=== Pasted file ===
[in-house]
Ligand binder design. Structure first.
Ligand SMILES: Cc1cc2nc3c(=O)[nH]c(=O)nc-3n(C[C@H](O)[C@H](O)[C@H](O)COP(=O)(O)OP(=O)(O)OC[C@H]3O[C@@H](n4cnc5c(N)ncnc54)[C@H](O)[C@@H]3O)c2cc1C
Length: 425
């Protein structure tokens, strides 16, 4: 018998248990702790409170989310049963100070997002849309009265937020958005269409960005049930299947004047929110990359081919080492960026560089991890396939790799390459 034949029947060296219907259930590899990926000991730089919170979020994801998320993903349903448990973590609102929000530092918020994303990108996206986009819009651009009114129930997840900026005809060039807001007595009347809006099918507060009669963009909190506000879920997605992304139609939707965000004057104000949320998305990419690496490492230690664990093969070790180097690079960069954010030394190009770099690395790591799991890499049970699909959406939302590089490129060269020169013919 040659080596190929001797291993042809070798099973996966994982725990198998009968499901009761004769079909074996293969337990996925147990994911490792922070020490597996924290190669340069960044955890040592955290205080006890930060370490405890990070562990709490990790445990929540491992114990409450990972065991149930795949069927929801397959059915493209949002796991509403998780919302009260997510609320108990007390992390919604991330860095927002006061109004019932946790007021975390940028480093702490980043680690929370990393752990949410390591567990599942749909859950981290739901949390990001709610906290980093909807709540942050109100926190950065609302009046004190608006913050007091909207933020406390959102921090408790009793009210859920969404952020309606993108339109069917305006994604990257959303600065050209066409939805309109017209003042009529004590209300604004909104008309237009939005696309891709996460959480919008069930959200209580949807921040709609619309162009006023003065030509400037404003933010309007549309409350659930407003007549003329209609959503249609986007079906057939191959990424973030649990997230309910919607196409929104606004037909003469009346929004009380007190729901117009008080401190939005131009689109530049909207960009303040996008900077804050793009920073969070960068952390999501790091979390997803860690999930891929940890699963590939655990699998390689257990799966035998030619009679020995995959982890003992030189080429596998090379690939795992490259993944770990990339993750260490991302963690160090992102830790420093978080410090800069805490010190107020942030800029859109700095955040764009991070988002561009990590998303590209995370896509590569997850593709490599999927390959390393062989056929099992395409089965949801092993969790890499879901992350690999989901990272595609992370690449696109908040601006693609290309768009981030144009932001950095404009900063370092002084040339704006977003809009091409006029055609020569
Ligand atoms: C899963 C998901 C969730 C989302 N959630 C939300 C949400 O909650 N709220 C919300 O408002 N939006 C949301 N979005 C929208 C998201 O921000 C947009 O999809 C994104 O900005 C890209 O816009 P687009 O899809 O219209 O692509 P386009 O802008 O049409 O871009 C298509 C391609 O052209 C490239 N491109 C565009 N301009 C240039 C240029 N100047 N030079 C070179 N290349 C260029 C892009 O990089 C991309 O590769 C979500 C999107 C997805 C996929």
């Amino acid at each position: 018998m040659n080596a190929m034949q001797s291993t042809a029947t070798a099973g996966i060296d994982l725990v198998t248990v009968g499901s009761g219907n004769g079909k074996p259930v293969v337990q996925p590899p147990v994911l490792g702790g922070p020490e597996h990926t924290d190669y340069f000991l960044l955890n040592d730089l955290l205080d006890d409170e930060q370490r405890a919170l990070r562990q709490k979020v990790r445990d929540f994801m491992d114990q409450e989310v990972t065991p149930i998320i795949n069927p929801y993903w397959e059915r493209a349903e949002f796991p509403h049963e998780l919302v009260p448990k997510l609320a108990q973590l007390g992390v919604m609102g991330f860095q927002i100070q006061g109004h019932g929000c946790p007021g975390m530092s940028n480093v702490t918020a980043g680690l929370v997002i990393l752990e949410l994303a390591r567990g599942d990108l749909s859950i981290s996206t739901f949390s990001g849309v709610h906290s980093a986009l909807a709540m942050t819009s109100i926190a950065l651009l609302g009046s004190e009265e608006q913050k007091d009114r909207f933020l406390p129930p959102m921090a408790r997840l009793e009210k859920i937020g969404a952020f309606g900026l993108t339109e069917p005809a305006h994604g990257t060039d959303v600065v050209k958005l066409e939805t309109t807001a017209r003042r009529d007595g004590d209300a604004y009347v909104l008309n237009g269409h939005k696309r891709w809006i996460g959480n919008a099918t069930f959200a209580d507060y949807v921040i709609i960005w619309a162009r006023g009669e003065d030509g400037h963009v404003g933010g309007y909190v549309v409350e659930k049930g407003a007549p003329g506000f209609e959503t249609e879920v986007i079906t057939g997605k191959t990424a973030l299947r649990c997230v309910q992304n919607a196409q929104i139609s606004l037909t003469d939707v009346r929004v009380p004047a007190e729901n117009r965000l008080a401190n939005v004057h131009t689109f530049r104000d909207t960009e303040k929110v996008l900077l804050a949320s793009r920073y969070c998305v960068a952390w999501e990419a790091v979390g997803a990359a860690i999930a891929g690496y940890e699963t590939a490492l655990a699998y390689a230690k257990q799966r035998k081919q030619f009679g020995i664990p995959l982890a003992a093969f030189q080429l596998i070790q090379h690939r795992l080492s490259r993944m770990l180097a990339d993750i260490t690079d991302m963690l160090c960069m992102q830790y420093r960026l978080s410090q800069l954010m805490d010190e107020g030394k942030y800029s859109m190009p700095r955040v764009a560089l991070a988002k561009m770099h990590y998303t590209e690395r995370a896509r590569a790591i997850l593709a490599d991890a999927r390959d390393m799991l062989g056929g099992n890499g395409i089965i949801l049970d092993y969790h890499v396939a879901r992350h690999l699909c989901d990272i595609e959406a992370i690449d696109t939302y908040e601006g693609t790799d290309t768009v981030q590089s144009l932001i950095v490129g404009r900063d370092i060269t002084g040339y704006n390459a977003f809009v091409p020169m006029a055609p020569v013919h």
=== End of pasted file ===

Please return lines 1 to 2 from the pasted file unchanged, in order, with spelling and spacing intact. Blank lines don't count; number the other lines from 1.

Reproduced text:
[in-house]
Ligand binder design. Structure first.